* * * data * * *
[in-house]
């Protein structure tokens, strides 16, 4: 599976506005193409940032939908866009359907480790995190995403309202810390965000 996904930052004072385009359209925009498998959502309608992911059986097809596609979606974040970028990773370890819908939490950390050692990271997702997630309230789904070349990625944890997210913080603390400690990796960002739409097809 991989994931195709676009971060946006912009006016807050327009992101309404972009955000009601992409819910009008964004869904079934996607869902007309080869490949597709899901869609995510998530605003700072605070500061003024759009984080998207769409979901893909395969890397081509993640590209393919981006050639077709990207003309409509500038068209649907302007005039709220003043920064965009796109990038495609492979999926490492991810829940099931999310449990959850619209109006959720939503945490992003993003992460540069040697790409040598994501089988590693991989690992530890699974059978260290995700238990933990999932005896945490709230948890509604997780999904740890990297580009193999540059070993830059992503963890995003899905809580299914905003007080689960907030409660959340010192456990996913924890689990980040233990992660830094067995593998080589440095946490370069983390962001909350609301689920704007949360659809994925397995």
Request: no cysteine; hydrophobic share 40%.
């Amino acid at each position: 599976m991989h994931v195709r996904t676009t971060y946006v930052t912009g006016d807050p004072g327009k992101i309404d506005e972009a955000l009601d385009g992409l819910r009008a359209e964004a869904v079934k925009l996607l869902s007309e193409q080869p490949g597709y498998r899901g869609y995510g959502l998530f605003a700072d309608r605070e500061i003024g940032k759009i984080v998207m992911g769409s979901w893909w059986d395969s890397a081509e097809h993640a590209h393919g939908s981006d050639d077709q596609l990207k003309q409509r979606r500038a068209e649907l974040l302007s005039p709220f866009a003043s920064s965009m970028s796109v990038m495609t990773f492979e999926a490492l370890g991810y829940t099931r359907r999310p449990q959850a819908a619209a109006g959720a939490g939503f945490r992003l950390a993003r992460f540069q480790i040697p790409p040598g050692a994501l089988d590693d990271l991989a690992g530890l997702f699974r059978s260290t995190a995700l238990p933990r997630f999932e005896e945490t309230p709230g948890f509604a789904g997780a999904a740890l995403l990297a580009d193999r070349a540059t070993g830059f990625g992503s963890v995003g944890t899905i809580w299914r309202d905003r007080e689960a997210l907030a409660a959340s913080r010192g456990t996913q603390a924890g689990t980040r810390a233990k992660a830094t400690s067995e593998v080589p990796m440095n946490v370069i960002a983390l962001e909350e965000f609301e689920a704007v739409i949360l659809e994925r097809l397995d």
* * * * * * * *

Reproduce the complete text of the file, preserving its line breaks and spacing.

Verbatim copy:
[in-house]
């Protein structure tokens, strides 16, 4: 599976506005193409940032939908866009359907480790995190995403309202810390965000 996904930052004072385009359209925009498998959502309608992911059986097809596609979606974040970028990773370890819908939490950390050692990271997702997630309230789904070349990625944890997210913080603390400690990796960002739409097809 991989994931195709676009971060946006912009006016807050327009992101309404972009955000009601992409819910009008964004869904079934996607869902007309080869490949597709899901869609995510998530605003700072605070500061003024759009984080998207769409979901893909395969890397081509993640590209393919981006050639077709990207003309409509500038068209649907302007005039709220003043920064965009796109990038495609492979999926490492991810829940099931999310449990959850619209109006959720939503945490992003993003992460540069040697790409040598994501089988590693991989690992530890699974059978260290995700238990933990999932005896945490709230948890509604997780999904740890990297580009193999540059070993830059992503963890995003899905809580299914905003007080689960907030409660959340010192456990996913924890689990980040233990992660830094067995593998080589440095946490370069983390962001909350609301689920704007949360659809994925397995």
Request: no cysteine; hydrophobic share 40%.
């Amino acid at each position: 599976m991989h994931v195709r996904t676009t971060y946006v930052t912009g006016d807050p004072g327009k992101i309404d506005e972009a955000l009601d385009g992409l819910r009008a359209e964004a869904v079934k925009l996607l869902s007309e193409q080869p490949g597709y498998r899901g869609y995510g959502l998530f605003a700072d309608r605070e500061i003024g940032k759009i984080v998207m992911g769409s979901w893909w059986d395969s890397a081509e097809h993640a590209h393919g939908s981006d050639d077709q596609l990207k003309q409509r979606r500038a068209e649907l974040l302007s005039p709220f866009a003043s920064s965009m970028s796109v990038m495609t990773f492979e999926a490492l370890g991810y829940t099931r359907r999310p449990q959850a819908a619209a109006g959720a939490g939503f945490r992003l950390a993003r992460f540069q480790i040697p790409p040598g050692a994501l089988d590693d990271l991989a690992g530890l997702f699974r059978s260290t995190a995700l238990p933990r997630f999932e005896e945490t309230p709230g948890f509604a789904g997780a999904a740890l995403l990297a580009d193999r070349a540059t070993g830059f990625g992503s963890v995003g944890t899905i809580w299914r309202d905003r007080e689960a997210l907030a409660a959340s913080r010192g456990t996913q603390a924890g689990t980040r810390a233990k992660a830094t400690s067995e593998v080589p990796m440095n946490v370069i960002a983390l962001e909350e965000f609301e689920a704007v739409i949360l659809e994925r097809l397995d």